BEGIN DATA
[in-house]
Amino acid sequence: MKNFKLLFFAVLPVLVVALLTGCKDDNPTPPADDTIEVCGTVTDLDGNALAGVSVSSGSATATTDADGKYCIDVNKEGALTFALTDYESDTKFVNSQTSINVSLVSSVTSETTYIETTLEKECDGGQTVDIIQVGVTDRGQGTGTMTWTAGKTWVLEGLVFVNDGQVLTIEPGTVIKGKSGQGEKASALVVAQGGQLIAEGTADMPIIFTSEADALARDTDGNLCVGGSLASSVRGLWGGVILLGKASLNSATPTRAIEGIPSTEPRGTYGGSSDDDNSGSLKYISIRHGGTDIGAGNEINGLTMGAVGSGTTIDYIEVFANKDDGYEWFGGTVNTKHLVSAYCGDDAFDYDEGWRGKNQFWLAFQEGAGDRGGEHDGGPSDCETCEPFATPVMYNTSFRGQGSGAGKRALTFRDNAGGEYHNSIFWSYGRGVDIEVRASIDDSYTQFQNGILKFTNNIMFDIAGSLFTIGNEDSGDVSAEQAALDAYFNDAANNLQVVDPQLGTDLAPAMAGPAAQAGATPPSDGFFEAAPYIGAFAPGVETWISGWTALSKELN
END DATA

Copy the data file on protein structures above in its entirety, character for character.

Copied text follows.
[in-house]
Amino acid sequence: MKNFKLLFFAVLPVLVVALLTGCKDDNPTPPADDTIEVCGTVTDLDGNALAGVSVSSGSATATTDADGKYCIDVNKEGALTFALTDYESDTKFVNSQTSINVSLVSSVTSETTYIETTLEKECDGGQTVDIIQVGVTDRGQGTGTMTWTAGKTWVLEGLVFVNDGQVLTIEPGTVIKGKSGQGEKASALVVAQGGQLIAEGTADMPIIFTSEADALARDTDGNLCVGGSLASSVRGLWGGVILLGKASLNSATPTRAIEGIPSTEPRGTYGGSSDDDNSGSLKYISIRHGGTDIGAGNEINGLTMGAVGSGTTIDYIEVFANKDDGYEWFGGTVNTKHLVSAYCGDDAFDYDEGWRGKNQFWLAFQEGAGDRGGEHDGGPSDCETCEPFATPVMYNTSFRGQGSGAGKRALTFRDNAGGEYHNSIFWSYGRGVDIEVRASIDDSYTQFQNGILKFTNNIMFDIAGSLFTIGNEDSGDVSAEQAALDAYFNDAANNLQVVDPQLGTDLAPAMAGPAAQAGATPPSDGFFEAAPYIGAFAPGVETWISGWTALSKELN